Carolyn had the bright idea to take my picture by the bush, because I was doing this story and it would be “so cute” to have a picture of me with the huckleberries. I sat down behind the bush, while Carolyn tried to figure out how to work my camera. Unfortunately, the ant bed I sat in was not real thrilled about being squashed by my butt and retaliated by attacking me. I began to scream, trying frantically to get up without getting stung. Kathy was humming to herself, picking huckleberries like a hippy/gypsy girl. Carolyn was still trying to turn my camera on, ignoring me, while Aspen finished off my bush and turned her attention towards a nearby rock. I almost felt neglected and abused. No one even noticed my dilemma, almost coming out of my pants trying to ensure that no ant had hidden in any crevices that I might later regret.

We weren’t really that far up in the mountains, so after eating my fill of huckleberries, we loaded back up in the car intent on driving back to Clark Fork. I am going to interject at this time that I was not driving. Carolyn was. Which somehow doesn’t seem any better right now. Carolyn in the driver’s seat, Kathy in the middle of the back seat and I riding shotgun. It sounds perfectly innocent.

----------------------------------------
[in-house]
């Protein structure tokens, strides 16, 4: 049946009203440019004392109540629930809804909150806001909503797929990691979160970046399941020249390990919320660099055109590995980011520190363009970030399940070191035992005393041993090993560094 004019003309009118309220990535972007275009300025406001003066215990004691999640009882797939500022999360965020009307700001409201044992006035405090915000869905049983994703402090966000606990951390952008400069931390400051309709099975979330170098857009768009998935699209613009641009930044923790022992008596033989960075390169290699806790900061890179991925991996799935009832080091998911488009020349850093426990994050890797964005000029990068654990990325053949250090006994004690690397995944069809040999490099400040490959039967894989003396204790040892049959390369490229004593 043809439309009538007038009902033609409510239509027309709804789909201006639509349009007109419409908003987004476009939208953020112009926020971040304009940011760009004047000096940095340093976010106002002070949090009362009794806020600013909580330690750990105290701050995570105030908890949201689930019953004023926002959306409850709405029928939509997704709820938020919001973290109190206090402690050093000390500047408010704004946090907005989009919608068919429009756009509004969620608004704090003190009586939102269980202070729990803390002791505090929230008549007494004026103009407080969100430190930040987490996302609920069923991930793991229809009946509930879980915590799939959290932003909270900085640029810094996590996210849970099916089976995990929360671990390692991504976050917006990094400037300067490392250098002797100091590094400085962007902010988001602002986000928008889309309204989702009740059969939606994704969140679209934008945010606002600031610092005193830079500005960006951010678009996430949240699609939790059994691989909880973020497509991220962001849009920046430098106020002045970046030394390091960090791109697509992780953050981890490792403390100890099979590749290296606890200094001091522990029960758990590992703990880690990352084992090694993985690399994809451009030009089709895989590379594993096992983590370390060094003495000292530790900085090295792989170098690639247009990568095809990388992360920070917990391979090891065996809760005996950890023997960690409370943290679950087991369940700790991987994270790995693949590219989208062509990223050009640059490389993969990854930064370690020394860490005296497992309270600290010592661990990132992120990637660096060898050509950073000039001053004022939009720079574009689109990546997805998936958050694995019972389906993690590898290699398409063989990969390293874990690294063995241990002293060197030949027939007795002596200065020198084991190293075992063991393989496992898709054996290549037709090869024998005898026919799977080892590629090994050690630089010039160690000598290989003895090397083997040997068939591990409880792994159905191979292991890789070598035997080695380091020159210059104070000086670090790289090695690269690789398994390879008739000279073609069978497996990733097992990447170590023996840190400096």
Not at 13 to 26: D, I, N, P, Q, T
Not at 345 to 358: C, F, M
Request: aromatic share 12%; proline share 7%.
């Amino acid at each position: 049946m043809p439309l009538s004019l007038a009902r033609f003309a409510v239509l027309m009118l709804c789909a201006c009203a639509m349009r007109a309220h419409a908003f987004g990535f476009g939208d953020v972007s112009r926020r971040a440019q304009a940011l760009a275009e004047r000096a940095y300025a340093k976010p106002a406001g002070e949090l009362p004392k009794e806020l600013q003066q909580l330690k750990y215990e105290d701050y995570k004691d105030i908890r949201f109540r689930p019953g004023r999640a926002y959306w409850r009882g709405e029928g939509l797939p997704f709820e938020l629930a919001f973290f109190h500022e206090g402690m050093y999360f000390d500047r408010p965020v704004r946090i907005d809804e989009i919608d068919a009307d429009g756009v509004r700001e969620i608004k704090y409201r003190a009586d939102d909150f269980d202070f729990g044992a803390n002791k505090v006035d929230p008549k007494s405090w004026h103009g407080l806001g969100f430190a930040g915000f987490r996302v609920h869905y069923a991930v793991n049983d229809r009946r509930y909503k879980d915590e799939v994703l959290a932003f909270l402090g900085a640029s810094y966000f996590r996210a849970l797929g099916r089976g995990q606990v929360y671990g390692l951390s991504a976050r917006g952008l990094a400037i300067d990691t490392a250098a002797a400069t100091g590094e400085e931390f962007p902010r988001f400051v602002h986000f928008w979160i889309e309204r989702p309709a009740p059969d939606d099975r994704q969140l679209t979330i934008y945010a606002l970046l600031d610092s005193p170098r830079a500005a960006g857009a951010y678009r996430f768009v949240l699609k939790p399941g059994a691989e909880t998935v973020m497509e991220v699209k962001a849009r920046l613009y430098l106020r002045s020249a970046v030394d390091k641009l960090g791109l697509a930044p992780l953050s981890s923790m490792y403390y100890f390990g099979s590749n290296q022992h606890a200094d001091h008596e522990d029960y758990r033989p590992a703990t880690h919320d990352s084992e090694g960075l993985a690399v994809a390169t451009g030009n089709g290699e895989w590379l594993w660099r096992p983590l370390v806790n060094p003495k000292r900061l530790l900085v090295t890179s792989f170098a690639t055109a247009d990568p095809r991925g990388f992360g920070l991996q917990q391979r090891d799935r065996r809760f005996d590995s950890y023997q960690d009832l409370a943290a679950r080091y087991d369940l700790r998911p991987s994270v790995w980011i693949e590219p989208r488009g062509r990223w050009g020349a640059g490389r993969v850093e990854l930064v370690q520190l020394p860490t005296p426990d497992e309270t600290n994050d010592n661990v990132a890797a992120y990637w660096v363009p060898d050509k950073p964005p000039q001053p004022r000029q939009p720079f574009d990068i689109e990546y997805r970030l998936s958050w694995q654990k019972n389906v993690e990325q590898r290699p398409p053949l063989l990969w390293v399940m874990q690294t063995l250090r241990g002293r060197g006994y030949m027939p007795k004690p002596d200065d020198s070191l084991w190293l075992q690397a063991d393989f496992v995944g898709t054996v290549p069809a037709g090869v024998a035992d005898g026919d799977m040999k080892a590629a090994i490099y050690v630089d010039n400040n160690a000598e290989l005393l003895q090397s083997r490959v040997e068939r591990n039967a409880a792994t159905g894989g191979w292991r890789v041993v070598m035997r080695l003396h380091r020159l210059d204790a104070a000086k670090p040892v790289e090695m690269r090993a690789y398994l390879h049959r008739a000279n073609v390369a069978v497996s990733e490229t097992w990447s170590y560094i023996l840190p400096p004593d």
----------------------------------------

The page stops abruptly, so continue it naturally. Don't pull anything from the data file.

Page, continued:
We went back to the trail head and that was when a grave error was made. We could have chosen to drive down the way we came, but I asked Carolyn where the other two roads went. Neither Kathy nor Carolyn knew; therefore we were obligated to find out.